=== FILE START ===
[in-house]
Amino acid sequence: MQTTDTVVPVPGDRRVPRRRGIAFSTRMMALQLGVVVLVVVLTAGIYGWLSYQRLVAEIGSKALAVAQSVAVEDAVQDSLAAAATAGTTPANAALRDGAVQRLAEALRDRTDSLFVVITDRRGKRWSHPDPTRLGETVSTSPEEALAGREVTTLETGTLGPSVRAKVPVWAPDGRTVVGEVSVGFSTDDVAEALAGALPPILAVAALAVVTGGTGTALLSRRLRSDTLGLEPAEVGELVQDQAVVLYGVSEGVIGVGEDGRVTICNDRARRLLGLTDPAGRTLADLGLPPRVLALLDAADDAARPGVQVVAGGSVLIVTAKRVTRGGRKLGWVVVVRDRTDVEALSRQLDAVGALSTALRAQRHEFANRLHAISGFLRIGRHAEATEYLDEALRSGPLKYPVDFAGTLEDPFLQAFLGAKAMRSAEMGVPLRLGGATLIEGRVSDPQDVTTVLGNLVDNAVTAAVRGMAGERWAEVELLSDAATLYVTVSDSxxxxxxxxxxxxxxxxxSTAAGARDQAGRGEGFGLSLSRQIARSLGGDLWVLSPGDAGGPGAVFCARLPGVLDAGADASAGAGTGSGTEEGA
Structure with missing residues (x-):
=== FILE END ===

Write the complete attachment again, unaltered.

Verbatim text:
[in-house]
Amino acid sequence: MQTTDTVVPVPGDRRVPRRRGIAFSTRMMALQLGVVVLVVVLTAGIYGWLSYQRLVAEIGSKALAVAQSVAVEDAVQDSLAAAATAGTTPANAALRDGAVQRLAEALRDRTDSLFVVITDRRGKRWSHPDPTRLGETVSTSPEEALAGREVTTLETGTLGPSVRAKVPVWAPDGRTVVGEVSVGFSTDDVAEALAGALPPILAVAALAVVTGGTGTALLSRRLRSDTLGLEPAEVGELVQDQAVVLYGVSEGVIGVGEDGRVTICNDRARRLLGLTDPAGRTLADLGLPPRVLALLDAADDAARPGVQVVAGGSVLIVTAKRVTRGGRKLGWVVVVRDRTDVEALSRQLDAVGALSTALRAQRHEFANRLHAISGFLRIGRHAEATEYLDEALRSGPLKYPVDFAGTLEDPFLQAFLGAKAMRSAEMGVPLRLGGATLIEGRVSDPQDVTTVLGNLVDNAVTAAVRGMAGERWAEVELLSDAATLYVTVSDSxxxxxxxxxxxxxxxxxSTAAGARDQAGRGEGFGLSLSRQIARSLGGDLWVLSPGDAGGPGAVFCARLPGVLDAGADASAGAGTGSGTEEGA
Structure with missing residues (x-):